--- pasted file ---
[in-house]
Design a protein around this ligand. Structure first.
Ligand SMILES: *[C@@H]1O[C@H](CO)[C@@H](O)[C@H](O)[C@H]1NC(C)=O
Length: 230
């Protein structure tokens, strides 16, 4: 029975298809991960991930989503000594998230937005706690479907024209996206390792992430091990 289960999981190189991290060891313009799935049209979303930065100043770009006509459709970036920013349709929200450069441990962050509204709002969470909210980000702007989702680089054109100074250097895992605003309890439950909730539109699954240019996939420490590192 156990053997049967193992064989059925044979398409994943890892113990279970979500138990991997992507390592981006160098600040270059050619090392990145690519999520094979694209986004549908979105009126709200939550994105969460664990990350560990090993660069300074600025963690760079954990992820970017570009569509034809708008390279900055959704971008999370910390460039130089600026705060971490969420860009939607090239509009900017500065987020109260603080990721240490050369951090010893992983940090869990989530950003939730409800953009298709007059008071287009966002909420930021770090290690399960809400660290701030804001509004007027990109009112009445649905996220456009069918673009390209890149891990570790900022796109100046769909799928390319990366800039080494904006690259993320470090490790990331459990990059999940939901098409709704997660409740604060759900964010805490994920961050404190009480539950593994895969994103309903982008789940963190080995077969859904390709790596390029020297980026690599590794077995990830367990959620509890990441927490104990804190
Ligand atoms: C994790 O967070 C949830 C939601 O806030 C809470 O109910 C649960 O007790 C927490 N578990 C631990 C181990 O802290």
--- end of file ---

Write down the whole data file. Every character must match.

[in-house]
Design a protein around this ligand. Structure first.
Ligand SMILES: *[C@@H]1O[C@H](CO)[C@@H](O)[C@H](O)[C@H]1NC(C)=O
Length: 230
């Protein structure tokens, strides 16, 4: 029975298809991960991930989503000594998230937005706690479907024209996206390792992430091990 289960999981190189991290060891313009799935049209979303930065100043770009006509459709970036920013349709929200450069441990962050509204709002969470909210980000702007989702680089054109100074250097895992605003309890439950909730539109699954240019996939420490590192 156990053997049967193992064989059925044979398409994943890892113990279970979500138990991997992507390592981006160098600040270059050619090392990145690519999520094979694209986004549908979105009126709200939550994105969460664990990350560990090993660069300074600025963690760079954990992820970017570009569509034809708008390279900055959704971008999370910390460039130089600026705060971490969420860009939607090239509009900017500065987020109260603080990721240490050369951090010893992983940090869990989530950003939730409800953009298709007059008071287009966002909420930021770090290690399960809400660290701030804001509004007027990109009112009445649905996220456009069918673009390209890149891990570790900022796109100046769909799928390319990366800039080494904006690259993320470090490790990331459990990059999940939901098409709704997660409740604060759900964010805490994920961050404190009480539950593994895969994103309903982008789940963190080995077969859904390709790596390029020297980026690599590794077995990830367990959620509890990441927490104990804190
Ligand atoms: C994790 O967070 C949830 C939601 O806030 C809470 O109910 C649960 O007790 C927490 N578990 C631990 C181990 O802290």